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- Thread starter Mohankpvk
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- #2

Chestermiller

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Why don't you precisely define a focus problem that we can work on together to help you get an understanding of these issues?

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Let us consider a frictionless piston cylinder arrangement containing an ideal gas.Initially the gas(system) inside the arrangement is at atmospheric pressure.The surrounding is the atmosphere.So the piston is at rest.If we heat the cylinder(by placing it in contact with a slightly higher temperature source(infinitesimal temperature difference), can the gas expand isothermally?(If so, please tell me whether the pressure of the gas increases or decreases during expansion and whether the final system pressure value will be higher or lower than the initial value after attaining equilibrium(the piston comes to rest))Why don't you precisely define a focus problem that we can work on together to help you get an understanding of these issues?

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Chestermiller

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is the cylinder horizontal or vertical? If the cylinder is vertical, does the piston have mass, or is it massless?Let us consider a frictionless piston cylinder arrangement containing an ideal gas.Initially the gas(system) inside the arrangement is at atmospheric pressure.The surrounding is the atmosphere.So the piston is at rest.If we heat the cylinder(by placing it in contact with a slightly higher temperature source(infinitesimal temperature difference), can the gas expand isothermally?(If so, please tell me whether the pressure of the gas increases or decreases during expansion and whether the final system pressure value will be higher or lower than the initial value after attaining equilibrium(the piston comes to rest))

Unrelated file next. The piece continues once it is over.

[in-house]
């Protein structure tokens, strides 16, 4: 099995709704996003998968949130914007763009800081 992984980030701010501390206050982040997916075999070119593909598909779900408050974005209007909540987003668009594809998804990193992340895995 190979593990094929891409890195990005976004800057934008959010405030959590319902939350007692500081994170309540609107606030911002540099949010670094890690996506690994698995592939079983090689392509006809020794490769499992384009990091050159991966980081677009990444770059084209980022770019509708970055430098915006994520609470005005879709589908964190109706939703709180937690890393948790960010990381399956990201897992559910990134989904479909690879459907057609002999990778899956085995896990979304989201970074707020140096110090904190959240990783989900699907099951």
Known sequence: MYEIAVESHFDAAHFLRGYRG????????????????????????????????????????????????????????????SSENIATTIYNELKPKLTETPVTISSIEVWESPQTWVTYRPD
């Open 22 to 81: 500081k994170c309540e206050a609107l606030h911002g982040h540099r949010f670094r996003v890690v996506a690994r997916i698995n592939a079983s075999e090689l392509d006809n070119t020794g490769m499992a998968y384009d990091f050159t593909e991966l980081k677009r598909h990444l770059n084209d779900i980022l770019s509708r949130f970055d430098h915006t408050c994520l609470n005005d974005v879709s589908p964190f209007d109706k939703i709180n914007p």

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The piston doesn't have any mass.So I think there will not be any difference between the two orientations.is the cylinder horizontal or vertical? If the cylinder is vertical, does the piston have mass, or is it massless?

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Chestermiller

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Thank you.So this means the process cannot be isothermal (i.e. if the initial system and surrounding pressures(before expansion) are equal, the process cannot be an isothermal expansion)I am not really sure whether my inference is right.Please comment on it.

- #8

Chestermiller

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There are two ways to get the gas to expand: (a) increase the outside temperature or (b) decrease the outside pressure. Or you can use combinations of outside pressure and temperature changes, if, at the final state, the volume (calculated from the ideal gas law) is greater than the initial volume.Thank you.So this means the process cannot be isothermal (i.e. if the initial system and surrounding pressures(before expansion) are equal, the process cannot be an isothermal expansion)I am not really sure whether my inference is right.Please comment on it.

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